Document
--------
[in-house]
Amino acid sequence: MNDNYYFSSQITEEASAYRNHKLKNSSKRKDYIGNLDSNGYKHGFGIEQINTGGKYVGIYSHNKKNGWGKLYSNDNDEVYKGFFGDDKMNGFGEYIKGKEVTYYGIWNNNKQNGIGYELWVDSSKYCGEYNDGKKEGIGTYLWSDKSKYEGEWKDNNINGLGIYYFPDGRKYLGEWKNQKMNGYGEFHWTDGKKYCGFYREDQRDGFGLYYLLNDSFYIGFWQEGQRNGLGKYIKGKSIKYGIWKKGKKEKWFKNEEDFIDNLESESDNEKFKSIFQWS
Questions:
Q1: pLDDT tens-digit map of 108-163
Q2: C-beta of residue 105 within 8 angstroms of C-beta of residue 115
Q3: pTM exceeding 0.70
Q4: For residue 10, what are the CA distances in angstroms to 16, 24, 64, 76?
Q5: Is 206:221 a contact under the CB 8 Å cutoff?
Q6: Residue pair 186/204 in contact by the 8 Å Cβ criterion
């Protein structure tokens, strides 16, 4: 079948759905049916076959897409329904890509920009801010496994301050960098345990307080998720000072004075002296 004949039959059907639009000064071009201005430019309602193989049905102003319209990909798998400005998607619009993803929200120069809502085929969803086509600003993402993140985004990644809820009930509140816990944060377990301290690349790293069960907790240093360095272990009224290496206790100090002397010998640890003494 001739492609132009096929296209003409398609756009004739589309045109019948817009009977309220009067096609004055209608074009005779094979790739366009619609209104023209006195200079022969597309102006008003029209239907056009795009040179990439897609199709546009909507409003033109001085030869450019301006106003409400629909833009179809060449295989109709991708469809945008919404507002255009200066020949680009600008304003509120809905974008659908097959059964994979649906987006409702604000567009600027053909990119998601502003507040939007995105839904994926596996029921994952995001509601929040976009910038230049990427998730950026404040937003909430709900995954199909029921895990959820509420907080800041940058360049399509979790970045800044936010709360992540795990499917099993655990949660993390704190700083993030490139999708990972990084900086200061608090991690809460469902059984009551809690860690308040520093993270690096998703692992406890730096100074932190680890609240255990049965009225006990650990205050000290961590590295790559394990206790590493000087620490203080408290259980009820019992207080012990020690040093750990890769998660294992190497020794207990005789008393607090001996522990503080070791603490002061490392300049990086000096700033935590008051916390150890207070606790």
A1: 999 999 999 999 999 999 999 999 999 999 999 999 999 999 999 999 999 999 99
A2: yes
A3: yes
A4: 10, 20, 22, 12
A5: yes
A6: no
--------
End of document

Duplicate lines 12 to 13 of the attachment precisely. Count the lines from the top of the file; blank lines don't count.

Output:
A2: yes
A3: yes